This Just In…

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Liz Hayes says the secret to longevity in media is simple...staying sharp

Liz HayesPhotography: Heather Swan

 

She’s spent more than three decades in front of a camera, talked everything from divorce with Dustin Hoffman to diplomatic stand-offs with Julian Assange. And now, Liz Hayes offers us her pearls of wisdom from her stellar career in journalism.

 

INVEST IN YOUR IMAGINATION & INGENUITY

I grew up in the country on an island dairy farm on the NSW North Coast. It was remote, so when we weren’t working around the farm, my four brothers and I learned how to make our own fun and along the way we developed initiative, imagination and a love of adventure.

 

TAKE RISKS

At 17 I had to choose between a safe, well-paid public service job, and a journalism cadetship at the Manning River Times. My dad wanted me to take the government job. My mum… the cadetship. My mother always told me I could do anything and at the time, her attitude was rare. She was a woman out of her time, but one who proved the old adage – ‘mother always knows best’.

 

IT’S EASIER FOR WOMEN IN THE MEDIA TODAY

I’ve been reporting in one guise or another for 41 years. Over that time I’ve seen countless changes and opportunities open up for women. Now you can be married, you can have children, you can even read the news while you’re pregnant! Who knew! We haven’t cracked the upper levels of management and control yet, but I’d like to think it’s inevitable.

One of my fellow cadets, Toni Bell, is now Editor of the Manning River Times. To me, her choice of career path is equally as powerful as mine, and the fact a woman can now be an editor, given that at the time we started the only other woman journalist was restricted to the social pages, demonstrates we are moving slowly but inevitably, in the right direction.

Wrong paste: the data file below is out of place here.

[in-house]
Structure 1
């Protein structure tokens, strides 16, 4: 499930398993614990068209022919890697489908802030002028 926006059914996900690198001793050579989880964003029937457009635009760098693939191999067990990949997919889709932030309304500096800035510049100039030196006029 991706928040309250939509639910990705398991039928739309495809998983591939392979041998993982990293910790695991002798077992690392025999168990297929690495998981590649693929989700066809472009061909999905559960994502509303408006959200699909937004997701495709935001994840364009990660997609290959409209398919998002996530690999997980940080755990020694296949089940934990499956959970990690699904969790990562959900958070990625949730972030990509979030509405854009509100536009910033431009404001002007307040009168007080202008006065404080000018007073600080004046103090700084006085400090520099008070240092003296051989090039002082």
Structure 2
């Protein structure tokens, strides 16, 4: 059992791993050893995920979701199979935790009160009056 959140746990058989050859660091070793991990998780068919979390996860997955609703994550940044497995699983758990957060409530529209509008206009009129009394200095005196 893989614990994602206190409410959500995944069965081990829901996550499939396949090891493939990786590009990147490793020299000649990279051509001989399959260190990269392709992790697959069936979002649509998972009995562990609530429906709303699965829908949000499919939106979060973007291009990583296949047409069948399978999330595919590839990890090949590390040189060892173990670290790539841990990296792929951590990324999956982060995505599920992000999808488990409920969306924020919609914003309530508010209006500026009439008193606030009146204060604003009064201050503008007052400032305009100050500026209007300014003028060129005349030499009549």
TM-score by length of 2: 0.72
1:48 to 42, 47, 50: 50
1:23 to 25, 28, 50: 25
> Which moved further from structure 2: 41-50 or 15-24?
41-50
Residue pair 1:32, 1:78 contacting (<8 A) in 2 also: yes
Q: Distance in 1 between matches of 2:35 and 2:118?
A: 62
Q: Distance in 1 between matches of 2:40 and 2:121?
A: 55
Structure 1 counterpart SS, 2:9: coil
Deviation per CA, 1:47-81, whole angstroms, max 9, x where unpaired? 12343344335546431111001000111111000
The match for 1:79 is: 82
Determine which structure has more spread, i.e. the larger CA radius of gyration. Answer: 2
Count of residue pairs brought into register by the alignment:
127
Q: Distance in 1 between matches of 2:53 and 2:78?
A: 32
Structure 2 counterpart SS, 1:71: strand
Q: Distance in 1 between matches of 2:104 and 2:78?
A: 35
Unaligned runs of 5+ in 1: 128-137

UNFORTUNATELY GENDER IS STILL A TALKING POINT WHEN IT SHOULDN’T BE

Women are still judged by how they look and what they wear. I was shocked and disappointed when Germaine Greer saw fit to comment on [former Australian prime minister] Julia Gillard’s dress sense and her “big arse”.  We should be beyond comments like that.

 

THE CULT OF CELEBRITY IS NOT TAKING US ANY PLACE WORTH GOING

I despair of the vacuous, narcissistic cult of ‘celebrity’ and I don’t buy into it at all. I am a journalist. That’s all. I love what I do. I still enjoy meeting new people, hearing their stories and trying to get beyond the masks. Staying real, staying connected to family and the people that matter to me – that’s important.

Older celebrities like George Clooney are smarter than the younger ones. They understand the difference between their public and private personas. They know what is needed and they know how to deliver it.

People like the Kardashians would never have made the news but celebrity and reality TV is telling us anyone can be a star. The world is being framed through narcissism, so much so, that often when I ask a young person what they want to be, they respond with ‘famous’. That’s sad.

 

LISTEN

Hearing and listening are not the same thing. Genuine listening is a skill worth cultivating. Try letting the person you’re speaking with finish their sentence, pause, reflect and then reply.

 

KNOW HOW TO FIND AND TELL A STORY

Learning the ropes at a country newspaper where we reported on anything and everything was perfect grounding for my move to television a few years later. No matter what kind of media you’re in, or business for that matter, knowing how to find and tell a story is still the most important thing. I’m glad I’m not starting today because as a young person I would not have the level of confidence and self-belief that’s required. I developed it with time and experience.

 

Read the full story in Issue 25 of The Collective, on stands now

 

 

 

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